Botswana Nurses Union (BONU) is weighing options to force government to provide nurses with risk allowance.
BONU President Obonolo Rahube told The Telegraph that government is still dillydallying on providing nurses with risk allowances, adding that it has been over a year now calling for the payment of allowances.
Rahube indicated that BONU committee is currently engaging their legal team to map a way forward.
Early last year, BONU called on Government to provide risk allowances to nurses who are stationed at border gates and isolation centres in the fight against the Corona Virus pandemic.
Rahube said that although the issue has long been on the table, government has been reluctant to meet the union in order to settle the matter.
Rahube pointed out that government should take the plight of nurses with utmost seriousness it deserves as it has proven over time that nurses are contracting the virus in large numbers.
“Government long promised to meet us on the issue but even to date nothing has come to fruition, nurses are contracting the virus in large numbers especially the delta variant. It is in the best interest of nurses to have risk allowances provided to them because the risk is getting high by the day,” said Rahube.
Rahube highlighted that those nurses are vulnerable and could be exposed to the deadly virus. He added that should Government fail to provide nurses with risk allowance, there should be consideration of providing them with hundred per cent medical aid insurance cover.
“We submitted three proposals to government being that nurses should be provided with risk allowances, relax nurse’s taxes and also to give nurses 100% medical cover. We are dealing with a government that is not willing to take workers seriously and this is a great concern especially during these times,” added Rahube.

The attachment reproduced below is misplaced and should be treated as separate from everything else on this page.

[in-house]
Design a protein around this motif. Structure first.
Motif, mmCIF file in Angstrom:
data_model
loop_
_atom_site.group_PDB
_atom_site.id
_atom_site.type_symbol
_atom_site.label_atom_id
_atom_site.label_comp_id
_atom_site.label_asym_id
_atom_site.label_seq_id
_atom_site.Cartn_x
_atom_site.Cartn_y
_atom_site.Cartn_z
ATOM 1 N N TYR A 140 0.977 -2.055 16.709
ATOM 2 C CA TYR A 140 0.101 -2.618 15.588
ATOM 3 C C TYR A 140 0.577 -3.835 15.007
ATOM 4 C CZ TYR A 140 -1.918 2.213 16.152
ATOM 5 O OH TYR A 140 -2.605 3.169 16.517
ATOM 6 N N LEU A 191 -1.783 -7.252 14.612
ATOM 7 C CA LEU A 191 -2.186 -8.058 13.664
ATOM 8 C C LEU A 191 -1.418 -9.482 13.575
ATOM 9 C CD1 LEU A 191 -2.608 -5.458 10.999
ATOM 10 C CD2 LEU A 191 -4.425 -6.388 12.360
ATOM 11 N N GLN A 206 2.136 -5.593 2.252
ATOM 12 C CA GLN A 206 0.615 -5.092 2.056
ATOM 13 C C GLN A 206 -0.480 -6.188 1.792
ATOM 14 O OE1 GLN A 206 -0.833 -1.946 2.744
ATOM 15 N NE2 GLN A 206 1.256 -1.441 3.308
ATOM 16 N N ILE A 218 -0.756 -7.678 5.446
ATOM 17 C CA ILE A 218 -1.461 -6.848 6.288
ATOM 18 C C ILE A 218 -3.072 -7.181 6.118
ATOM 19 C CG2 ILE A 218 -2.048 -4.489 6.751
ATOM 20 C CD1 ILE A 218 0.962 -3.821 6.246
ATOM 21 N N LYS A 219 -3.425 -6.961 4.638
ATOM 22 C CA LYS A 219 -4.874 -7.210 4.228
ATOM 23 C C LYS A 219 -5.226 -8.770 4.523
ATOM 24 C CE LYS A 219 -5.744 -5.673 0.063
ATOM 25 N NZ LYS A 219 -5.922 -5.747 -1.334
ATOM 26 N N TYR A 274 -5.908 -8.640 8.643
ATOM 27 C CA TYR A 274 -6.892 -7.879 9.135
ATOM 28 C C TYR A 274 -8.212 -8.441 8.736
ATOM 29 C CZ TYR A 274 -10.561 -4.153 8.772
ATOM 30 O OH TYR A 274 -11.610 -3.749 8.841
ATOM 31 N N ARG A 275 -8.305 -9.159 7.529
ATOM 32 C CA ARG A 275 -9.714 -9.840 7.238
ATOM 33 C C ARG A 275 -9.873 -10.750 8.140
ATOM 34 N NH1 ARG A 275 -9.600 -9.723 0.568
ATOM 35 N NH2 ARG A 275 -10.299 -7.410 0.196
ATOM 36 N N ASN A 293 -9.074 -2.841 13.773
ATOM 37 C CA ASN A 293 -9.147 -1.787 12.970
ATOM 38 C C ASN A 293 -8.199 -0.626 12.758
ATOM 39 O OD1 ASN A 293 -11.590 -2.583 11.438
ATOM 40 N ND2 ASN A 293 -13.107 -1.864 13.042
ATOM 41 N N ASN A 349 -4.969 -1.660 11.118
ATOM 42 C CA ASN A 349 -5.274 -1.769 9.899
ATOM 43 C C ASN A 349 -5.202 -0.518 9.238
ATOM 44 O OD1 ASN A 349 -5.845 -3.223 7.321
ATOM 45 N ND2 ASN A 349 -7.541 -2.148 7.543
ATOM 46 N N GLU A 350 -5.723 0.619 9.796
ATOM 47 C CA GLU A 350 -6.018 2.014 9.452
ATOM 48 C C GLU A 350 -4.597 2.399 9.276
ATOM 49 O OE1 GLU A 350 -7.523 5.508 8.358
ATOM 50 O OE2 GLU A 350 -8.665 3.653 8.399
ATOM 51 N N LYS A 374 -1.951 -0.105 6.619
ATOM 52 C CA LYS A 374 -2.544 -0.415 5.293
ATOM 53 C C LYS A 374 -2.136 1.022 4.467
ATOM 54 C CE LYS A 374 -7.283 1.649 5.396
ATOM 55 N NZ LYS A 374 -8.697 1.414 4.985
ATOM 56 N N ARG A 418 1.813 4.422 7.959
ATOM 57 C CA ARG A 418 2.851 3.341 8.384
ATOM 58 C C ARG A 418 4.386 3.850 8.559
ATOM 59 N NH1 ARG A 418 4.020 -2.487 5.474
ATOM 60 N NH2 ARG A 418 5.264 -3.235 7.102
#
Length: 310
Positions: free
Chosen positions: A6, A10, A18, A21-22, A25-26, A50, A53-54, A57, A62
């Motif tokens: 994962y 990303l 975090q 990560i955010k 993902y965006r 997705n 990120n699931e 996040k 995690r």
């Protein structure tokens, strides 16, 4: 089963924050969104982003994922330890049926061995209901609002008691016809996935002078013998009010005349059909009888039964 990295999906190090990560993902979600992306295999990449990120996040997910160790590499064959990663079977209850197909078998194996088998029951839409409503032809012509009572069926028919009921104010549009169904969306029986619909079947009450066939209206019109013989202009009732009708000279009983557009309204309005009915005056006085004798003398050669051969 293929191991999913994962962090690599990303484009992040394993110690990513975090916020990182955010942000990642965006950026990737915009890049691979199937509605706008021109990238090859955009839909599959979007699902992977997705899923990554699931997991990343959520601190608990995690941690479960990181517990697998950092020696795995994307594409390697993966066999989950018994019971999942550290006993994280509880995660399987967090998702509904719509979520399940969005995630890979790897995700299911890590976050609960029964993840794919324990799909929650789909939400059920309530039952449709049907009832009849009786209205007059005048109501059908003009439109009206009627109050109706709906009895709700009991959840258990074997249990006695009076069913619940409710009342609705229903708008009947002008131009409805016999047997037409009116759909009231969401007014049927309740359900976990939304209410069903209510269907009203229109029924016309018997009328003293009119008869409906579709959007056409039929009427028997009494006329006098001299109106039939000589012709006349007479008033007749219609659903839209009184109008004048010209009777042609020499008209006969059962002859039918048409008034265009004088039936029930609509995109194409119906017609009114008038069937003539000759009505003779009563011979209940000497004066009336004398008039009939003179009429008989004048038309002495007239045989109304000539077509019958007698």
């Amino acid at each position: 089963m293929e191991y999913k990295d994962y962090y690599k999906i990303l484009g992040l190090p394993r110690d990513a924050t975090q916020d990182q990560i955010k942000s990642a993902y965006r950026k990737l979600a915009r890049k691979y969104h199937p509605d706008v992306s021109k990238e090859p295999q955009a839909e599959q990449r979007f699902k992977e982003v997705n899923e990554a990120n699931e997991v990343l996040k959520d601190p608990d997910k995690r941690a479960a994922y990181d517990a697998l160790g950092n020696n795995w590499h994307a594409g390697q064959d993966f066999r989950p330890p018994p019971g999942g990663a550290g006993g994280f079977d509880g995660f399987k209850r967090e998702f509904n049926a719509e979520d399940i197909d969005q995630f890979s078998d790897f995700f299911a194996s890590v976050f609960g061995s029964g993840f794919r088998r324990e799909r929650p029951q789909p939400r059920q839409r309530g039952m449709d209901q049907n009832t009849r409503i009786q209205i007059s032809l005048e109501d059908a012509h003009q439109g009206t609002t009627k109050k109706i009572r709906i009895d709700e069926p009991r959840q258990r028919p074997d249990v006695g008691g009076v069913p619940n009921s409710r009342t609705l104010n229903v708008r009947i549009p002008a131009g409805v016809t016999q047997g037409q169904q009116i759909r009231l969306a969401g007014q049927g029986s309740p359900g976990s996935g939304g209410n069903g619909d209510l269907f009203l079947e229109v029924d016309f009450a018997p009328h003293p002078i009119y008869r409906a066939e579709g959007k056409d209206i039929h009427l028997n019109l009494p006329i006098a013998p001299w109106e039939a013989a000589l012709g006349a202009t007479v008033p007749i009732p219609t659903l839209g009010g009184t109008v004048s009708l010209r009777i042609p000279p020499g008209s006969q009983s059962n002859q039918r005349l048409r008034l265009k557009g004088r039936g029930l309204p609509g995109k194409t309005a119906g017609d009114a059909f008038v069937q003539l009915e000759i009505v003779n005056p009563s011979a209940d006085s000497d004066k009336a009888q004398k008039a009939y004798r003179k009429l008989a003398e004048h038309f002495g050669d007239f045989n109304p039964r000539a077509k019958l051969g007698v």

He added that 20 nurses have succumbed to virus to date.
Recently Rahube explained that the supply of Personal Protective Equipment (PPEs) for frontline workers was not consistent. “Government had agreed in principle to provide nurses with PPEs but to this point there hasn’t been a constant supply of PPEs,” he said.
There are also a number of substantive issues that have not been resolved. Government has not provided these nurses with any form of psychosocial support but people need counselling.
Rahube said 8000 nurses are without uniform allowances for April/May 2021.
Government also failed to effect payment in September 2021 for compensation for non-provision of uniforms.
This year during Nurse’s Day celebrations, the union leader outlined the challenges that nurses and midwives go through in Botswana and advised government to address them ‘urgently’.
“Government should, as a matter of urgency, provide subsidised accommodation for nurses and midwives as it has emerged during the fight against Covid-19 that accommodation for nurses and midwives is very vital,” highlighted Rahube, who maintains government should provide nurses and midwives with 100 percent medical cover.
“The biggest issue facing nurses and other healthcare staff around the world is Personal Protective Equipment (PPE) to protect themselves and their patients against infection,” pointed out Rahube.